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The Alberta Junior Hockey League will open the 2017 Gas Drive AJHL Playoffs on Thursday. Here is a Round One preview of the Viterra AJHL North Division:
(2) Whitecourt Wolverines vs. (7) Grande Prairie Storm
Season Series: Whitecourt went 5-1 in the season series, outscoring the Storm 31-13 in the process. That couldn’t help the Wolverines from going undefeated against the Storm however, dropping a January 11 contest by a 5-4 score. Whitecourt also won a 3-2 overtime game in Grande Prairie back in November. Other than the two one-goal games, the season series directly favoured the second-place Wolverines who scored five or more goals in four of the games and earned two shutouts.
On the Wolverines end, Mitch Lipon led all Wolverines players with nine points against the Storm while Morgan Messenger scored the most goals against the Storm from the Wolverines’ side with five goals in the season series. For the Storm, it should come as no surprise that Michael Clarke led all Storm players with six points against the Wolverines, though players like Adam Wilson and Nathan Bizeau also chipped in with solid offensive efforts.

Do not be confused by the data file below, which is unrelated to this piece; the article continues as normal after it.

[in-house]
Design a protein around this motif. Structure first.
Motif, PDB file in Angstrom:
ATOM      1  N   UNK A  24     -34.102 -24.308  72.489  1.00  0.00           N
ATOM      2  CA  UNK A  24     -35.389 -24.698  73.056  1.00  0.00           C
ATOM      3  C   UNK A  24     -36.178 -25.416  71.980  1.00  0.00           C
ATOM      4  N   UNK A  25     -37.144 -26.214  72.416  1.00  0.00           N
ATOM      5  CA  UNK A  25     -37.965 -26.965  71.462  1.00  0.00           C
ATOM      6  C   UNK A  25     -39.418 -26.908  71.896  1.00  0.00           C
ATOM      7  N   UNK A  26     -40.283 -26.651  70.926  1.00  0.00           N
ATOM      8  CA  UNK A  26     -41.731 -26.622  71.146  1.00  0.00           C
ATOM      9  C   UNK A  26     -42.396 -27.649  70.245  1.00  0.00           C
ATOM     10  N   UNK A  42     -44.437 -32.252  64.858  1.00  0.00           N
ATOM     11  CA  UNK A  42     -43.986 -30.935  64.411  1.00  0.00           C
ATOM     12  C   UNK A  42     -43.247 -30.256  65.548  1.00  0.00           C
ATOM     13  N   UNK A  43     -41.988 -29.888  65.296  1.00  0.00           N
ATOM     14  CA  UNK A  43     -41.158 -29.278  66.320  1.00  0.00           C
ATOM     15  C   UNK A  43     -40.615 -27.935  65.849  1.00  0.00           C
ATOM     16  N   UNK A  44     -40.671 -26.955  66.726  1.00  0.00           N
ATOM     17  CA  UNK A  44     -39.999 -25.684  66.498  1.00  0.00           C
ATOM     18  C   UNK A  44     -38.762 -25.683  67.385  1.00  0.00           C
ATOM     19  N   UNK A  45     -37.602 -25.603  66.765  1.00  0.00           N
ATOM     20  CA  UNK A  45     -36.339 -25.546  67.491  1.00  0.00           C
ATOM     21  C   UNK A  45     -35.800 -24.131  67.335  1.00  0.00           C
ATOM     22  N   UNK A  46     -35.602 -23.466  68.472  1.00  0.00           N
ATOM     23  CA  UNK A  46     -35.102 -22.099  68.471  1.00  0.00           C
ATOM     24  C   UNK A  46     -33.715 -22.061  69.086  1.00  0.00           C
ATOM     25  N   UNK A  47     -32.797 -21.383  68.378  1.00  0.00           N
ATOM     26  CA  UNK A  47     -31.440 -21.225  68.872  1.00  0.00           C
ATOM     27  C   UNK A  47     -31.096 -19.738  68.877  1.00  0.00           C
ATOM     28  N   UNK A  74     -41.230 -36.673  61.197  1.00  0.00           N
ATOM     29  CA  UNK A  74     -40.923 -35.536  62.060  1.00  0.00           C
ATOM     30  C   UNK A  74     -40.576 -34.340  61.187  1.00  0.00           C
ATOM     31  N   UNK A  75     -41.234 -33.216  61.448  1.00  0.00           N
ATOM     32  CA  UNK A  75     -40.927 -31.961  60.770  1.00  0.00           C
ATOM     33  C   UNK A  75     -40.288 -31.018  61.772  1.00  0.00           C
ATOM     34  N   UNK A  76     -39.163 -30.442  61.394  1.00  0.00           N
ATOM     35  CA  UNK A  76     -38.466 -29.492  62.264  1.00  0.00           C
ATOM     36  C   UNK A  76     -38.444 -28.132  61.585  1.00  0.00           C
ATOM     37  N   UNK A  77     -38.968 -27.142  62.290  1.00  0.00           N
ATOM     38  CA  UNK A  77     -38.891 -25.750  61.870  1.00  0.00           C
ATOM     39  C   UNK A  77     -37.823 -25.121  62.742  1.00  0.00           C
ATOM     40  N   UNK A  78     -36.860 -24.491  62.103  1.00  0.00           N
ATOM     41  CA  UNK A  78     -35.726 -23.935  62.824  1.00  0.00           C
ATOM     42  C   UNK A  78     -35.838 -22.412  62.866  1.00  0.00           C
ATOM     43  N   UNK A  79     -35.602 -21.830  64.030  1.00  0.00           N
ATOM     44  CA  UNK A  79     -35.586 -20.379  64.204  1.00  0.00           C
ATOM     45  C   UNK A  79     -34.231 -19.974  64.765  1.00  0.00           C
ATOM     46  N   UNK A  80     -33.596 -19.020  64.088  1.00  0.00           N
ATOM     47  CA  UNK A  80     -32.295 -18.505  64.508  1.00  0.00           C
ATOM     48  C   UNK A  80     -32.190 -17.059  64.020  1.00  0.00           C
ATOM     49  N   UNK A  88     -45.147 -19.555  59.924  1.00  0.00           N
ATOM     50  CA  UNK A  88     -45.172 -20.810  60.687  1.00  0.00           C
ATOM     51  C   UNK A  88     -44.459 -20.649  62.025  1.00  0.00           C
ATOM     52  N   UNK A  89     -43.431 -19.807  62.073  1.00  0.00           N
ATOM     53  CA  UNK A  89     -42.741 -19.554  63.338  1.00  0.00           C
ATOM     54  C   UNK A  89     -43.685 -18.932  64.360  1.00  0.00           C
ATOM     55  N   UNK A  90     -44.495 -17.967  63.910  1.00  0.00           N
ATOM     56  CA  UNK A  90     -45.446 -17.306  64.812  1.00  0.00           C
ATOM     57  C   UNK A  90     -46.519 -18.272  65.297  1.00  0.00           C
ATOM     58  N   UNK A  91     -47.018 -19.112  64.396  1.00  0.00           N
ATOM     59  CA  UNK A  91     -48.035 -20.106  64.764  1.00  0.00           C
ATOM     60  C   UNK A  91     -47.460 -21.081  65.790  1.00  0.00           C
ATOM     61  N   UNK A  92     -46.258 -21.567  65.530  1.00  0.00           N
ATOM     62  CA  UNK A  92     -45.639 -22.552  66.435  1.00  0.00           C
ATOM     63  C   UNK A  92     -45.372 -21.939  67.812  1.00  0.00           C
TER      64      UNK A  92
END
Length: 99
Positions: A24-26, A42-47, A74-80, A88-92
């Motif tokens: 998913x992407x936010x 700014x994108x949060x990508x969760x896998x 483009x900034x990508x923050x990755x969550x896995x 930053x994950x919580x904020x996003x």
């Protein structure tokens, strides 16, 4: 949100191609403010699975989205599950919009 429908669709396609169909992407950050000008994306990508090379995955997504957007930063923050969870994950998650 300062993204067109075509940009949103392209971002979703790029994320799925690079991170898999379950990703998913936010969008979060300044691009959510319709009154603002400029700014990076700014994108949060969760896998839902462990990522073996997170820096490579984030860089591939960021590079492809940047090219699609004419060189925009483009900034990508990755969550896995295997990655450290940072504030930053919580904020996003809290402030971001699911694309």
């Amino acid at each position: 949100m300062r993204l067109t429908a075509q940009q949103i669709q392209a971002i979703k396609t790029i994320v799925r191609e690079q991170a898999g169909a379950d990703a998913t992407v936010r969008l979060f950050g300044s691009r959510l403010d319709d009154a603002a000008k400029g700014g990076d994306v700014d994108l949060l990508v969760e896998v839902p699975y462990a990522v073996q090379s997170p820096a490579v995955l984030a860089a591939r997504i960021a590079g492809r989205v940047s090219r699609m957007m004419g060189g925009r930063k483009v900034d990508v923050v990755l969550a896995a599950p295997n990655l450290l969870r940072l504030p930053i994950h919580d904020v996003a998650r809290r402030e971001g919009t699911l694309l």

How did the last playoff matchup go: Back when they were the St. Albert Steel, the Storm incredibly won three games in overtime to take the best-of-five series. Clayton Goodall’s only goal of the post-season that year proved to be huge as it was the series-winner. The Storm also managed to hold future NHLer Daniel Carr of the Montreal Canadiens off the scoresheet in all five games.
Motivation: After losing the chance at a first-round bye in the final period of the regular season, the Wolverines will be out to assert their presence as the top team in the North Division. Also looming over the franchise are playoff disappointments from past seasons. Their overall playoff record since moving to Whitecourt is 14-17, with a 3-4 record in those seven playoff series.
This is uncharted territory for the Storm, who are making their first trip to the post-season since the 2012-13 season. That hasn’t guaranteed success either, with the Storm’s last playoff series win coming in the 2009-10 season over the Lloydminster Bobcats. The long story of it is that the Storm haven’t experience playoff success in several years, though it’s still weird to remember that they have the second-shortest AJHL championship drought next to the Spruce Grove Saints.